So what will the Education system look like once this phase of massive online courses and iPad integration stabilises into a ‘deployment’ phase , and will it be lead by educators or entrepreneurs, a tension that apparently was highly obvious at the recent South by Southwest Education event in the US?

    If you want my opinion, and lets face it, you’ve read this far, I see that what is emerging will be schools based on interest not just on the luck of the draw method we currently have thats decided by postcode, ie where you happen to live. Once MOOC thinking trickles down to a primary school level, and super-capable mobile devices like the iPad are deployed widely enough to provide ubiquitous access, its really only how we keep some strategic face to face time in the mix that remains to be solved.

    Another way of putting what all this means will be to call it self-serve education. Just as self-serve shopping put the super in supermarket in the 70’s and 80’s, the new level that digitally-accessible education is reaching means we can pick and choose our own learning rather than waiting for the ‘grocer’ to assemble it for us.

    Can we actually trust people to choose their own education like they choose toothbrushes, or say, tracks on Pandora? Sugatra Mitra who just won the $1 million dollar TED prize for his ‘school in a wall’ work would say yes. Do yourself a favour and ponder all these questions while watching his presentation here. Does it get a ‘thumbs up’ in your stream of learning content?

    (Please forgive any errors of grammar or punctutation by this part time writer )

    You can read more of Jonathan's ‘jnxyz’ articles here at Mactalk, his Education blog, or at his ‘Appcessories’ review site here. Follow his #EdTech, #Slide2learn and #iPadEd tweets as @jnxyz.

    | Slide2learn.net | Appcessories.info | @jnxyz | uLearning.edublogs.org | Long, long, long time lurker...

  2. #2

    Join Date
    Dec 2007


    Ignoring the grammer, but not that "payed" is in the first paragraph....

    I know this is an editorial, but first and foremost, there is a very biased interest in this article, namely, you are pushing for what you are writing about via slide2learn and getting a few different things mixed up along the way.

    Education in schools and universities are drastically different, unis have long tried all kinds of ways to change things, the advent of the open and now credited courses were an extension of lectures being posted online going 10 yrs+ back in Australia. I'm not sure where that is going to end up as it's cheap from all sides, but the quality is often lacking. There are intangibles that can't be gained from watching something or reading online. Personally in the Sciences at Monash the quality of students hitting 3rd year has been in a decade long slide. Monash doesn't really care as its cheaper, and the students don't care as coursework is less impeding on their life. The end result employers are certainly noticing though. Interactive online stuff is a whole other area and would be where some of those problems can be addressed. The bottom line is that where some of the best stuff happens is in tutorials or in science based courses practicals (or insert course with practical components or industry learning). Because of cost cutting most courses at Universities here in Australia have lost an awful amount of useful stuff that probably won't ever return because it actually costs money and can't be done online. My brother did the exact same course I did, but by then lectures were available online for students who missed a class and it meant he just turned up to compulsary pracs and just got by. The uni has now switched all courses to online in that faculty, they aren't seeing the quality in students filtering through to post grad stages anymore and the whole school has been on the verge of several collapses. The disconnected relationship with the students is and will be even moreso the issue there. On the plus side, not spending an entire hrs lecture frantically taking notes is definitely an improvement as it means people can actually listen to what is being said better. There are always good and bad lecturers as well, unfortunately the grant system here means eventually good researchers but bad lecturers get forced into teaching so they hold a stable job. The good lecturers are often disheartened with the online lecture delivery as they lose that interpersonal connection when giving lectures, and when attendances are at record lows its pretty demoralising. All that aside the hours most students spend getting a degree are less than what was required to be considered part time 15 yrs ago, and most aren't putting them in at home, uni has become the thing that gets in the way of a social life and working in Australia as course become more expensive.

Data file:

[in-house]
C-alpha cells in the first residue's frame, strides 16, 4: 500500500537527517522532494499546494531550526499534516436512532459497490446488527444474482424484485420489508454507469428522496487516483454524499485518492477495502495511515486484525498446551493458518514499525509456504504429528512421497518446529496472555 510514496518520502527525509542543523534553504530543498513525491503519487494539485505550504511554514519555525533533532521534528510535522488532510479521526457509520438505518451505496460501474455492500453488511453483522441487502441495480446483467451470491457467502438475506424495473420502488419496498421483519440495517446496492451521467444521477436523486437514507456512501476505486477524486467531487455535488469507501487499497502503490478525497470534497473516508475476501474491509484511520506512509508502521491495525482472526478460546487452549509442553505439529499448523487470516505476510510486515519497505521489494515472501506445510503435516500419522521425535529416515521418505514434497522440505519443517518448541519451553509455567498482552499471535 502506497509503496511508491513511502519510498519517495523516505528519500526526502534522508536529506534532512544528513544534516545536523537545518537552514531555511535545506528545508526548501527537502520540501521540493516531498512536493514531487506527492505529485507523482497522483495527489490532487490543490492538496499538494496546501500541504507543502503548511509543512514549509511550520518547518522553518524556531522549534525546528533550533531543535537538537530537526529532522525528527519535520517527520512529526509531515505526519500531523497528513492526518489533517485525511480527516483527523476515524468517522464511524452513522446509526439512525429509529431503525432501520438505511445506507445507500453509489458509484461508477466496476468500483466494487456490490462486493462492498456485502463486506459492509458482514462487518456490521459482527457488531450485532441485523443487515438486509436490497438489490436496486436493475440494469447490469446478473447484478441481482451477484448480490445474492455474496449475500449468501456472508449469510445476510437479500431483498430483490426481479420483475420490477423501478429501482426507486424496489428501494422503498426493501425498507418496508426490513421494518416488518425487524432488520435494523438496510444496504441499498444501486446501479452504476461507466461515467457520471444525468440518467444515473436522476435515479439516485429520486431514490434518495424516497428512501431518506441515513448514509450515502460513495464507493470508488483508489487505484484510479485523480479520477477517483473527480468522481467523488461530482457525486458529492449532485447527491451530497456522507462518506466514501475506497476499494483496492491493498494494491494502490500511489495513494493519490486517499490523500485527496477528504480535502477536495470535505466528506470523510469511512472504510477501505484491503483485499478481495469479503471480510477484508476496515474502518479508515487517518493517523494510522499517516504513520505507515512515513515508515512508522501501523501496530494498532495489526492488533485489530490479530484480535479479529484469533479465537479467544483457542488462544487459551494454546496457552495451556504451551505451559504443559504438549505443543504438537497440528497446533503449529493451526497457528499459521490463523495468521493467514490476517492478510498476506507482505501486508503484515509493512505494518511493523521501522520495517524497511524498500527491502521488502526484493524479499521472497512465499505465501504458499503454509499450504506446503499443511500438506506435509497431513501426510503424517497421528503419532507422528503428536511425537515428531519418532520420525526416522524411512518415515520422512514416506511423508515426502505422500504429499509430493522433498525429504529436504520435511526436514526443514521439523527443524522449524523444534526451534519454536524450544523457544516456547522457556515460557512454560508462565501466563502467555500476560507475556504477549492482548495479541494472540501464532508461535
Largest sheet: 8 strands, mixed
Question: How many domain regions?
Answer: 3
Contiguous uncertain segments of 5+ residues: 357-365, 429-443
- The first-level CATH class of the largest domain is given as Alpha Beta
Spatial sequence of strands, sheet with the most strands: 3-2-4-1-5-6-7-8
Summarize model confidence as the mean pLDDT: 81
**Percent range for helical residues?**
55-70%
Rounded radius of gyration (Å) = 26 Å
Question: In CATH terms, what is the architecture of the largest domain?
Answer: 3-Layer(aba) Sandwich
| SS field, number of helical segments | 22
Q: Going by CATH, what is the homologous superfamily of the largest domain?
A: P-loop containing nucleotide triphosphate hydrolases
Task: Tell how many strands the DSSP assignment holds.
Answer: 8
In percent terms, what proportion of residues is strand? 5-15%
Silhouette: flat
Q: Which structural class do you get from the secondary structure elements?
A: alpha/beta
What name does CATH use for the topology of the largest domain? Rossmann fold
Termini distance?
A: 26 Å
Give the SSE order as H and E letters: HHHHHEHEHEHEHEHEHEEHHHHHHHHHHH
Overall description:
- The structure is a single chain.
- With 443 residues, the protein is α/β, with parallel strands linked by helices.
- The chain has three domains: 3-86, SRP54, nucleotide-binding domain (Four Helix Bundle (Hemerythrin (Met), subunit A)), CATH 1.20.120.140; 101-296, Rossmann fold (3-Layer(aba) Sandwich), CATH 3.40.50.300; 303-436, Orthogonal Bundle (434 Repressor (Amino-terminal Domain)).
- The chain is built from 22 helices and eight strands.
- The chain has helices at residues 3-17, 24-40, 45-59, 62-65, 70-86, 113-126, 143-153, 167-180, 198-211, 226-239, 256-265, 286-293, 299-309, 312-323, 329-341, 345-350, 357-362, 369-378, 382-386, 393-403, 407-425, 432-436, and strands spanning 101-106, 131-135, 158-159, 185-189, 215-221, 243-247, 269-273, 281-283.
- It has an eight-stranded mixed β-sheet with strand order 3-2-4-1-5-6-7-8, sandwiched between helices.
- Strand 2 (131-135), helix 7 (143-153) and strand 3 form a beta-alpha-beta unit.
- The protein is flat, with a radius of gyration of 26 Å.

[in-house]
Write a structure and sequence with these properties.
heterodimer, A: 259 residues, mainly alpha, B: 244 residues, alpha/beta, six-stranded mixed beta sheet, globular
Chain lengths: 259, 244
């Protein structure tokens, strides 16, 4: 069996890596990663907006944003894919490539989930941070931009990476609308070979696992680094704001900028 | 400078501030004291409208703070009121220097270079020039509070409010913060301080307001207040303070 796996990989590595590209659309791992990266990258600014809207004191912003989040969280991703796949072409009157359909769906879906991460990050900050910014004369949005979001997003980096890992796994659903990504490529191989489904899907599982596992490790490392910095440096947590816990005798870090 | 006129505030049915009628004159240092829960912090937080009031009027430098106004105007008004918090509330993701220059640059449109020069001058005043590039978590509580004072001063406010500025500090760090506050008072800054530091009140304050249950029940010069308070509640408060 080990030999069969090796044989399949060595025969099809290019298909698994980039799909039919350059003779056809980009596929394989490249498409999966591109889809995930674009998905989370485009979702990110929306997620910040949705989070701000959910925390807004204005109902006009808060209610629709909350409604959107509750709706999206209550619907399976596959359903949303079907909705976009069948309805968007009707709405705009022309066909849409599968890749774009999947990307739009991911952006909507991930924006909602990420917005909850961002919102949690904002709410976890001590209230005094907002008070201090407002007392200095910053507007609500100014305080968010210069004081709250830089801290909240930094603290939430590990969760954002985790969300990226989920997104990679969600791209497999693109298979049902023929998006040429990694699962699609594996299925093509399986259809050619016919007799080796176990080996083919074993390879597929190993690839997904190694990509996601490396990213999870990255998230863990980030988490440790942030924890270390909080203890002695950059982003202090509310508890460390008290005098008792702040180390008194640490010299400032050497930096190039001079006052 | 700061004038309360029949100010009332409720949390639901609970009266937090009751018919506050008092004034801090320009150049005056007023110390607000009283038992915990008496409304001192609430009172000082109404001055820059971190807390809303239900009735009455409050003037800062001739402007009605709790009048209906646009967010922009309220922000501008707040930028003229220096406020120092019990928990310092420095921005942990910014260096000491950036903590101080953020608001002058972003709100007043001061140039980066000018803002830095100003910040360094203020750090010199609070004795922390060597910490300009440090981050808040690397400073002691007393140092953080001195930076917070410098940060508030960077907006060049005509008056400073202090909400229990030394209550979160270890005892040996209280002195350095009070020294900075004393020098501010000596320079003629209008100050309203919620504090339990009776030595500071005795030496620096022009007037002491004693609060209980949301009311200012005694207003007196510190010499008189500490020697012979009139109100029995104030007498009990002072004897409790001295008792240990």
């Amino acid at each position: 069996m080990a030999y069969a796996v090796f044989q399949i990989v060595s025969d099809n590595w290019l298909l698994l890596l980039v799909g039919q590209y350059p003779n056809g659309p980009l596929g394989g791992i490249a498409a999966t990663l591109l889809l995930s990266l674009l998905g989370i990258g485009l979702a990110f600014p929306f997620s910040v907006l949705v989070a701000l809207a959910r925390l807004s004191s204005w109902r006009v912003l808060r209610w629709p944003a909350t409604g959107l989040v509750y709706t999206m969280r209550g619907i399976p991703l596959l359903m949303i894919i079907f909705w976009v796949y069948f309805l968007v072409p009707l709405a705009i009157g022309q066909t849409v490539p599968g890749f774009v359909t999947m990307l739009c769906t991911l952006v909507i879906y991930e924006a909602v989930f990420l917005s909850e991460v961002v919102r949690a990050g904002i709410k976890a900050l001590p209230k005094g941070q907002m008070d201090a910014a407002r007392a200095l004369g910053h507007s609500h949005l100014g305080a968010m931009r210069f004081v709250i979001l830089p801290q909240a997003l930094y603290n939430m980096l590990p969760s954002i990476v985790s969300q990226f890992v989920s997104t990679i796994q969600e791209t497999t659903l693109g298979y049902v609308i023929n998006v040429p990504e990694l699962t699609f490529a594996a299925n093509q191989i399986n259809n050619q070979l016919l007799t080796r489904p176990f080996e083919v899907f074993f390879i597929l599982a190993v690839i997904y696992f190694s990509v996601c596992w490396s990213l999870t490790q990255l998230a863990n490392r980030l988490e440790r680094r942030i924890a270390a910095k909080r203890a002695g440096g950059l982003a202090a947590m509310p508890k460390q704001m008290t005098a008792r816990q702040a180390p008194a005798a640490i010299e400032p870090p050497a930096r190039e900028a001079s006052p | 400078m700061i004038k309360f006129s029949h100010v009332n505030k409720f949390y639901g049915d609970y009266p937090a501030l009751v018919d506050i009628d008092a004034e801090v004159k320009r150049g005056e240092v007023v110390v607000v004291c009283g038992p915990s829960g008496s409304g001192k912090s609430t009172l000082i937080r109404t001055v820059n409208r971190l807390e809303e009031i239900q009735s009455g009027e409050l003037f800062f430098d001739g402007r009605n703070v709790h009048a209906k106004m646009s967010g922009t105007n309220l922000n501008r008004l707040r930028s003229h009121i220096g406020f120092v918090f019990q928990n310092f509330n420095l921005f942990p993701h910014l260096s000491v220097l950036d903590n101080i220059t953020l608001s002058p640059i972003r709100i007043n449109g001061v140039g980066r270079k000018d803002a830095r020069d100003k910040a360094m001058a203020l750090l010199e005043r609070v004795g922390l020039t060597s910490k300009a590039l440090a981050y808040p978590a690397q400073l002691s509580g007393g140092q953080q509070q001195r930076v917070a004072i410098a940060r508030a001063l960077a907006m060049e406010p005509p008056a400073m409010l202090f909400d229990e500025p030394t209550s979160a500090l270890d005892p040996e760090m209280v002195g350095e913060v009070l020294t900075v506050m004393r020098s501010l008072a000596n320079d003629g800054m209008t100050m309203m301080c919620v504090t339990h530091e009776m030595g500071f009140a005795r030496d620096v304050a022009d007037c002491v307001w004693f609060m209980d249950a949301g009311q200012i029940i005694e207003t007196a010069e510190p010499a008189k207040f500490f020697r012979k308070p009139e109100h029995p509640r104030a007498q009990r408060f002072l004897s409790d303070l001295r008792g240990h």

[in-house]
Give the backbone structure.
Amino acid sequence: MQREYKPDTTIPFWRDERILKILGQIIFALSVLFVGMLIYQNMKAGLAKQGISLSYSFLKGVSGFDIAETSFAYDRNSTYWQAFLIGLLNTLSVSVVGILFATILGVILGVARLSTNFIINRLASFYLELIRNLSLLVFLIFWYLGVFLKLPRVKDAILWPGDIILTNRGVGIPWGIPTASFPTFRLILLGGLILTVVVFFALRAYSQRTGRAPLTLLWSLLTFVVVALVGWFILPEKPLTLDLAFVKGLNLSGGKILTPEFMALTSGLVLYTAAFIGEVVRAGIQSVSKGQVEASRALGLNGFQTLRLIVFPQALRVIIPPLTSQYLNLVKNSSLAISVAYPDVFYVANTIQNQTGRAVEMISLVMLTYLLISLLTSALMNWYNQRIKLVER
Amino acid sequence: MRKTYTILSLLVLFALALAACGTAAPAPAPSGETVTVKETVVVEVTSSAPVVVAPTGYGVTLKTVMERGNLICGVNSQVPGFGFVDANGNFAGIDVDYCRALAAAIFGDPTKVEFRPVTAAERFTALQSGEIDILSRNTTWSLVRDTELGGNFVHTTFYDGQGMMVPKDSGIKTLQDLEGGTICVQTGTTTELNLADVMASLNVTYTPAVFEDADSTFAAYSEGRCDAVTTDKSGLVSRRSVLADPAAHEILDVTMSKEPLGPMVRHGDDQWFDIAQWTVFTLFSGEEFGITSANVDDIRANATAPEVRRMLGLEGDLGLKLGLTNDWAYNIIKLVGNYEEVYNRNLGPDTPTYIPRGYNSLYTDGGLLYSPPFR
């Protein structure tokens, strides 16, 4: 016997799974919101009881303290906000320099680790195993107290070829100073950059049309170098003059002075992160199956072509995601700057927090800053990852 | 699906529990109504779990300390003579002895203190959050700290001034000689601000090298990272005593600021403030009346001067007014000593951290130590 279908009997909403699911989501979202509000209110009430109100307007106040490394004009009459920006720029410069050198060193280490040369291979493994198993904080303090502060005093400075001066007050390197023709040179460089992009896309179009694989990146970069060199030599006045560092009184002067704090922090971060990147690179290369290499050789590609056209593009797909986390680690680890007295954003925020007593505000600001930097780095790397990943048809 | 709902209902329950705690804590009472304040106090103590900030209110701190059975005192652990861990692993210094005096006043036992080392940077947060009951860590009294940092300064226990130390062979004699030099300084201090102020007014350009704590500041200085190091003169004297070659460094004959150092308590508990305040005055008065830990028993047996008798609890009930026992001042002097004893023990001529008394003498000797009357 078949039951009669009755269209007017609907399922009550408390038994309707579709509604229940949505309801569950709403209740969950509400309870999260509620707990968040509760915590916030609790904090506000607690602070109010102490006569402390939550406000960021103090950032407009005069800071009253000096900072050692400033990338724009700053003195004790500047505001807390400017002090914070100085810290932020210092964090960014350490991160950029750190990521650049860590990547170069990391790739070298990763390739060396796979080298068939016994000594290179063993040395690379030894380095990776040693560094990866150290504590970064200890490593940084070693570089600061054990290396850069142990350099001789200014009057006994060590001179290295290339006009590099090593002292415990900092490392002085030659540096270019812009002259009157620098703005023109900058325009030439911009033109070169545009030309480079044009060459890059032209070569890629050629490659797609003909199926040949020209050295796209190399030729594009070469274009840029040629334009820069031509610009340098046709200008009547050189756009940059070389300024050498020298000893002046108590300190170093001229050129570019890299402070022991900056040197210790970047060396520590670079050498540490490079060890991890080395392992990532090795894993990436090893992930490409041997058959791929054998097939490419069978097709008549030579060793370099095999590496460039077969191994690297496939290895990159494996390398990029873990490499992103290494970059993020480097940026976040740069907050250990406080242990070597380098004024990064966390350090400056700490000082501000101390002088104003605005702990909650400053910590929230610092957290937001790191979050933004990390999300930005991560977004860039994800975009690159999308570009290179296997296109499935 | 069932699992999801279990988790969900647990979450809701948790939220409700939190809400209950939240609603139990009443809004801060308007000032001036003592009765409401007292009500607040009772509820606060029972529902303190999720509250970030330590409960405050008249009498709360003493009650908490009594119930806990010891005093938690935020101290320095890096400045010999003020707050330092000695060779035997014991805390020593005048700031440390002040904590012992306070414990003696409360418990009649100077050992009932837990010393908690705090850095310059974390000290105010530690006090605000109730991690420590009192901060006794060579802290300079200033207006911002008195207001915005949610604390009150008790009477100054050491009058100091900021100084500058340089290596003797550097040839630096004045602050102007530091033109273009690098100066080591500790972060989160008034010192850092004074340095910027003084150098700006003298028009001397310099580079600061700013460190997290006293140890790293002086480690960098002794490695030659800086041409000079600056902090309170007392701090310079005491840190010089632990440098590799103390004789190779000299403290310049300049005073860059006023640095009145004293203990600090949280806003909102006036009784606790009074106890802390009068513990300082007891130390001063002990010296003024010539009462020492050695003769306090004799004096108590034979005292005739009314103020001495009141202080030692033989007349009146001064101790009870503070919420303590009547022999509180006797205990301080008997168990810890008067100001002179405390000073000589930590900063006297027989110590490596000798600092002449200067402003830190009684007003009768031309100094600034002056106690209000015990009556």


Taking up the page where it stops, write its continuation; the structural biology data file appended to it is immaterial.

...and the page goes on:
And the connection between unis way of life and schools....is that the uni education facultys drive schools here, they teach, they research and they form our teachers and the admin people, so the cutting edge is where the curriculum comes from. If anything the fault with education here is that people go to school, then uni, and then either become a teacher and go back to school essentially, or get involved in research or admin about education and don't really see much beyond the education world. It's very inward and incestuous.

    As for schools, again everyone remembers the Apple computers in the classroom from the day computers appeared, for a rigid organisation, they are pretty quick to adopt. I went to a very small rural school in the early 80s and even we had them. The school my daughter goes to use iPads, computers, interactive whiteboards etc, but again the time you see the most going on is the face to face interaction, as much as technophiles would like, people are designed to be social and not buried into tech devices, bad teachers will bury them more, good teachers will use them as part of the teaching, but the best parts will almost always come from the teacher. I'm very much into adopting new technologies, but not where it's a distraction and in the end has not much benefit. iPads are another tool, but I doubt will become the main way kids learn with the teachers facetime thrown in for good measure. If it was, we would have even more self obsessed introverted/socially immature people coming through the schools. As it is, some might say we already are.